A RETIRED senior official at a much-criticised train company believes changes ahead could put lives at risk.
Colin King, a retired competence manager for Southern Railway, believes driver-only operation (DOO) trains are not safe.
The issue of DOO trains is at the centre of months of strike action by conductors, who would no longer close train doors on Southern trains under the changes but be more involved in providing customer information.
Earlier this week Southern announced it was cutting 341 trains a day to run a revised timetable in response to the strikes and staff sickness.
Mr King, 70, who lives in Anchorage Park, Portsmouth, worked for the company for 17 years and has concerns.
He said: ‘In 2001 I was part of the team that brought in the rolling stock and trained most of the conductors to operate these units.
‘I considered then and still hold the opinion that they are not safe to operate in driver-only mode.
‘The driver does have external cameras on each vehicle, however, once he/she takes power they go blank and he is therefore unable to see what is happening on the platform.’
And he added: ‘I myself had an incident while working a 12-coach train.
‘Having completed station duties I closed the doors, then looked back along the train to confirm all was clear, to my consternation I observed the majority of a walking stick protruding from a door on the last coach.
‘The elderly gentleman had taken longer to get to the door and as it closed tried to get the safety system to withdraw the doors.
‘The thickness of the walking was insufficient and the doors closed and locked. I was able to get the driver to release the doors.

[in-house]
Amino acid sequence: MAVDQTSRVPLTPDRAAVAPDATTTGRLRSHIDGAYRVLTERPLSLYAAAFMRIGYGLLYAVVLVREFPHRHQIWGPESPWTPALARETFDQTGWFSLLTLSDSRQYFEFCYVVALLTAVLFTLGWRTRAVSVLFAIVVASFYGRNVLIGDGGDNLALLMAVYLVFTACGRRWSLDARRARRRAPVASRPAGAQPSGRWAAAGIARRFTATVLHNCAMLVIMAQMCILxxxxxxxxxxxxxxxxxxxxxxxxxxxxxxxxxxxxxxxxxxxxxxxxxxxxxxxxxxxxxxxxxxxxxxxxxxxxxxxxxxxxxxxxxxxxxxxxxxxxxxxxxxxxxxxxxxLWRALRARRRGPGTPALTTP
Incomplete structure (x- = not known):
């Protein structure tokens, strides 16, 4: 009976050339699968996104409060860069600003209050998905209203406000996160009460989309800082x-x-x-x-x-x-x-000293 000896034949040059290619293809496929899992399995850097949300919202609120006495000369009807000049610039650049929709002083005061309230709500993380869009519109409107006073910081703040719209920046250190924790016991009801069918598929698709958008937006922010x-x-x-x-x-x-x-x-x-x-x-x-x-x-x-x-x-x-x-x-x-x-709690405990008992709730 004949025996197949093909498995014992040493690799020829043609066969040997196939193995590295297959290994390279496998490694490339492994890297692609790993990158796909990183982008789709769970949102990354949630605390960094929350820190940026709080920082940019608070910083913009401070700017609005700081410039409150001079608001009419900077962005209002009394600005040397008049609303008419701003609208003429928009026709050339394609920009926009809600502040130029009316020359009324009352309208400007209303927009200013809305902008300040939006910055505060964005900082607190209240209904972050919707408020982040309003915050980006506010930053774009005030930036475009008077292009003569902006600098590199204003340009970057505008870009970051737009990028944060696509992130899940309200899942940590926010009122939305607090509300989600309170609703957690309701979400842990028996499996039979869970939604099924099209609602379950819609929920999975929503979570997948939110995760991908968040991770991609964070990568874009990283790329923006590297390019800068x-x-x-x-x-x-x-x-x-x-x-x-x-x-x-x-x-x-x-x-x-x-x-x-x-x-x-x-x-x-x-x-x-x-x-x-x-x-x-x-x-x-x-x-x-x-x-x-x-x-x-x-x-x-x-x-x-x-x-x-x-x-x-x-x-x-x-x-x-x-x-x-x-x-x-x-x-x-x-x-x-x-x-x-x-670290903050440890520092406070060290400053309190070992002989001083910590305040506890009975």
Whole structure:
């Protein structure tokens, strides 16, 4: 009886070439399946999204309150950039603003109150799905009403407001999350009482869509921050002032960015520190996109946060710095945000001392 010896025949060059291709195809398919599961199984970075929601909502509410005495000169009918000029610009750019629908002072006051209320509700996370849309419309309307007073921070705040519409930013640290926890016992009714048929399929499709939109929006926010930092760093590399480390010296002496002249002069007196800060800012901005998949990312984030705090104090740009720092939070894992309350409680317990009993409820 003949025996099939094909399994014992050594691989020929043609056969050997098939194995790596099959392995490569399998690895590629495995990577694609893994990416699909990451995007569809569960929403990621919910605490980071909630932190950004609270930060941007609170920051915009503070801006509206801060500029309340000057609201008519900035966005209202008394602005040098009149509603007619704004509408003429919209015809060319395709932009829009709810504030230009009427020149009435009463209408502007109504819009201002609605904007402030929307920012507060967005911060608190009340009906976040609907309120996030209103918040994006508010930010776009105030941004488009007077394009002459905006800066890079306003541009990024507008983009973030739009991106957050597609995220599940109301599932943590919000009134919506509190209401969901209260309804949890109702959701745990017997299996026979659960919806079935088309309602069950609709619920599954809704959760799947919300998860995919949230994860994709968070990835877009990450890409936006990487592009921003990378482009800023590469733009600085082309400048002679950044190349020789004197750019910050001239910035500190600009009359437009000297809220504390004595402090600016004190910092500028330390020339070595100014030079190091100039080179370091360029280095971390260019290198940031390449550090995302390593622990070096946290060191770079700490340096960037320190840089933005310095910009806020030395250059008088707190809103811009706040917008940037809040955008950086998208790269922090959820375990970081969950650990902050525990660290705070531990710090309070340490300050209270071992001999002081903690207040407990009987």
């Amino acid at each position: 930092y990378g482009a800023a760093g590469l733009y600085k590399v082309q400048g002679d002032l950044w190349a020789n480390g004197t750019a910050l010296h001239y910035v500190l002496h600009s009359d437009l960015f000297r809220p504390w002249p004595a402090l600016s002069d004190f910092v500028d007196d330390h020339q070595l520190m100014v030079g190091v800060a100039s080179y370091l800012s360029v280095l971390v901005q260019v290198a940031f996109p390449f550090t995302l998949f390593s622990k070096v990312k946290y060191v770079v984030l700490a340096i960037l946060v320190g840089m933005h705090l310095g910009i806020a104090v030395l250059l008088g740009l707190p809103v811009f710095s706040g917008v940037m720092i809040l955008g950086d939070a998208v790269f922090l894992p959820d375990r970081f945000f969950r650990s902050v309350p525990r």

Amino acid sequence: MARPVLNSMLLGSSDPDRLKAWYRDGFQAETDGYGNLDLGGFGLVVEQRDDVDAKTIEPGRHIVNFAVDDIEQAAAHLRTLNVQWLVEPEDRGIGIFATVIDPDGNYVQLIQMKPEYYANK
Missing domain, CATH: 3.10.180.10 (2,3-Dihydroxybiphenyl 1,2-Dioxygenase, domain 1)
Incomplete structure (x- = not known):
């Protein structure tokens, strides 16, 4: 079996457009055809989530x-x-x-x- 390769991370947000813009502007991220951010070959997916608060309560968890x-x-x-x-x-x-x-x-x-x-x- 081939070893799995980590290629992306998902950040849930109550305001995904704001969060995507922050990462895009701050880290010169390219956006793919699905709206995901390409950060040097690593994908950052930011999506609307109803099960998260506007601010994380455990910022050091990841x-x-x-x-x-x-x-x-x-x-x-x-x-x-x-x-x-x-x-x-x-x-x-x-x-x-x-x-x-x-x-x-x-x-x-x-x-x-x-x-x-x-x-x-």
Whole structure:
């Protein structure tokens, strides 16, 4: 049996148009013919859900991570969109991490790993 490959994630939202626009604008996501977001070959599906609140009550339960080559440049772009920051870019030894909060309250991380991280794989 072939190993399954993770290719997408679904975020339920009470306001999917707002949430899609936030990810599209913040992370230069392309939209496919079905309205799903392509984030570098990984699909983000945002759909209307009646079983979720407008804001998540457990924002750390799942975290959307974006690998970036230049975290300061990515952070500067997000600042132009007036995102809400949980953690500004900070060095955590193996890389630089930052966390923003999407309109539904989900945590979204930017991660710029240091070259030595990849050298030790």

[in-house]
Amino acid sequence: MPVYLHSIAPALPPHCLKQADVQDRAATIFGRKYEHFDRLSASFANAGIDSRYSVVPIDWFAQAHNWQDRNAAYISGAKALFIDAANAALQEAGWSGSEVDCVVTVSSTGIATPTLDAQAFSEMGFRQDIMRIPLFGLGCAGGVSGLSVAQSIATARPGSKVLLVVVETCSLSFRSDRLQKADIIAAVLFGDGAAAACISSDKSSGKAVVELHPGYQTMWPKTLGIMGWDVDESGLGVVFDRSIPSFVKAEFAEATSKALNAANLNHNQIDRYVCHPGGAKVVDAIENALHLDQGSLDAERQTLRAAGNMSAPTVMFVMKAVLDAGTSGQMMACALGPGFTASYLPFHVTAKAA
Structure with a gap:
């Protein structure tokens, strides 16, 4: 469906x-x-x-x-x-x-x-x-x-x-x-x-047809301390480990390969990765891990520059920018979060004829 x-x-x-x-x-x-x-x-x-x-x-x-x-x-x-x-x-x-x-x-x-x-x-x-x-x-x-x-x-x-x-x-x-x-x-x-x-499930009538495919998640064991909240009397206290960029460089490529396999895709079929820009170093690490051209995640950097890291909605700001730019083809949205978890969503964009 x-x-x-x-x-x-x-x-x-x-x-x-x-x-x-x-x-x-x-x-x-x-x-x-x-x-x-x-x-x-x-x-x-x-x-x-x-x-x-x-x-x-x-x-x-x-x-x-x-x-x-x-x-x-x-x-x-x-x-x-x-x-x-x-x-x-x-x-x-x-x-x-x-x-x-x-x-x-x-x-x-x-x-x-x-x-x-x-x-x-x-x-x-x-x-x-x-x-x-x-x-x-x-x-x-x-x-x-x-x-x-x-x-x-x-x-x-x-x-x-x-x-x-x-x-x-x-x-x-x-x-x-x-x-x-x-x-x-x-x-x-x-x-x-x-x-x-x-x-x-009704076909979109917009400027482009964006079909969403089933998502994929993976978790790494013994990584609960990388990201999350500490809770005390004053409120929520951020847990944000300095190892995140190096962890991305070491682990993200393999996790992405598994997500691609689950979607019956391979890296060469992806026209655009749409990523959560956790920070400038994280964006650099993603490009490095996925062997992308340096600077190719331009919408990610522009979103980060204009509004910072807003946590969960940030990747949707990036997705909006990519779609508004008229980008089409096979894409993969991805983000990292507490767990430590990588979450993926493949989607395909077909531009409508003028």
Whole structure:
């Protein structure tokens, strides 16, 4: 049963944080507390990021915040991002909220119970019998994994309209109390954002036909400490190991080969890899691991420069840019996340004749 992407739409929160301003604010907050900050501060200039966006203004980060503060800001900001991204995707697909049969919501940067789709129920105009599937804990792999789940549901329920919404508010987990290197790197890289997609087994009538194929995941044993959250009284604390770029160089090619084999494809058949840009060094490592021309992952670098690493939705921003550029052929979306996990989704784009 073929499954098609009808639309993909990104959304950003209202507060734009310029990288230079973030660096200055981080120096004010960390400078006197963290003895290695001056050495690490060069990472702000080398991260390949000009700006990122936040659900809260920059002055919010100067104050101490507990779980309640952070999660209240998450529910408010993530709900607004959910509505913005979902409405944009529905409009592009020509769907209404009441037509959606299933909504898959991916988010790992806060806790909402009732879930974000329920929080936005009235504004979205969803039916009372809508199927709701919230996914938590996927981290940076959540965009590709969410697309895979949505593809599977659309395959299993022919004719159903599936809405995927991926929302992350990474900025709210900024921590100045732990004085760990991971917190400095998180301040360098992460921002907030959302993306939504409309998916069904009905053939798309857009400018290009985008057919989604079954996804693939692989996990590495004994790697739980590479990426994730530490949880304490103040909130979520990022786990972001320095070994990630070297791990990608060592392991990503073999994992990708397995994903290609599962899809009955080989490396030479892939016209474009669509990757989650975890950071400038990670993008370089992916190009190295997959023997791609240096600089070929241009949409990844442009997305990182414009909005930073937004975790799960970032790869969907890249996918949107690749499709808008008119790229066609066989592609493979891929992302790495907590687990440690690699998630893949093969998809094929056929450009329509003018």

‘Had this train been DOO the driver would not have detected any problem and start the train resulting in the potential for people walking down the platform to be injured or worse.’
Mr King also believes conductors to open doors would still be needed from Warblington and further into Hampshire as this is on the South West rail network, which has conductors controlling doors.
Officials at Southern have stressed that 40 per cent of their trains are already driver-only and have operated safely for 25 years.
Earlier this year the independent Rail Safety & Standards Board said that DOO trains offered ‘no increased risk’ compared to train operation with a conductor closing the doors.
The RSSB added that the trains could ‘potentially deliver some safety benefits’, due to the removal of the risk of miscommunication between driver and guard.
At the time, Southern Railway called on the unions to ‘cease their alarmist scaremongering about safety’.